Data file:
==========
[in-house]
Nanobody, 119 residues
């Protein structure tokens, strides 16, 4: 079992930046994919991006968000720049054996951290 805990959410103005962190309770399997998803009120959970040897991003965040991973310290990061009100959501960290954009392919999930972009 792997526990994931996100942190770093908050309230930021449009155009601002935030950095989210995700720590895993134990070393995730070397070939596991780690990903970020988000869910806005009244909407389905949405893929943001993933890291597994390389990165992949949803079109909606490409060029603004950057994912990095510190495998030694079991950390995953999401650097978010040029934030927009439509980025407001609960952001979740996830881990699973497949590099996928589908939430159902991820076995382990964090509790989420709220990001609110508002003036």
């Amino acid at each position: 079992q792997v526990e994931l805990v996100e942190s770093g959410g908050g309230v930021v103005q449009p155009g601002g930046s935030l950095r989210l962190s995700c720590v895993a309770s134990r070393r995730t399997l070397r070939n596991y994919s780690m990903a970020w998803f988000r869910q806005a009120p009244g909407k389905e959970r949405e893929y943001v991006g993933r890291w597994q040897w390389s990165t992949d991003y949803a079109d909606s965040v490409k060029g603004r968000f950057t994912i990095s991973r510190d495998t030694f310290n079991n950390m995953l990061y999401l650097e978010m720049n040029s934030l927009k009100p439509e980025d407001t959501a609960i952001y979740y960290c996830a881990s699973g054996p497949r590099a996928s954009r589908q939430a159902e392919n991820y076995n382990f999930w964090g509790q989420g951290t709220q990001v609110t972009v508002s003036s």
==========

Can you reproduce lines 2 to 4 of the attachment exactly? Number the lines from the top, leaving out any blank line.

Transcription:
Nanobody, 119 residues
């Protein structure tokens, strides 16, 4: 079992930046994919991006968000720049054996951290 805990959410103005962190309770399997998803009120959970040897991003965040991973310290990061009100959501960290954009392919999930972009 792997526990994931996100942190770093908050309230930021449009155009601002935030950095989210995700720590895993134990070393995730070397070939596991780690990903970020988000869910806005009244909407389905949405893929943001993933890291597994390389990165992949949803079109909606490409060029603004950057994912990095510190495998030694079991950390995953999401650097978010040029934030927009439509980025407001609960952001979740996830881990699973497949590099996928589908939430159902991820076995382990964090509790989420709220990001609110508002003036």
């Amino acid at each position: 079992q792997v526990e994931l805990v996100e942190s770093g959410g908050g309230v930021v103005q449009p155009g601002g930046s935030l950095r989210l962190s995700c720590v895993a309770s134990r070393r995730t399997l070397r070939n596991y994919s780690m990903a970020w998803f988000r869910q806005a009120p009244g909407k389905e959970r949405e893929y943001v991006g993933r890291w597994q040897w390389s990165t992949d991003y949803a079109d909606s965040v490409k060029g603004r968000f950057t994912i990095s991973r510190d495998t030694f310290n079991n950390m995953l990061y999401l650097e978010m720049n040029s934030l927009k009100p439509e980025d407001t959501a609960i952001y979740y960290c996830a881990s699973g054996p497949r590099a996928s954009r589908q939430a159902e392919n991820y076995n382990f999930w964090g509790q989420g951290t709220q990001v609110t972009v508002s003036s």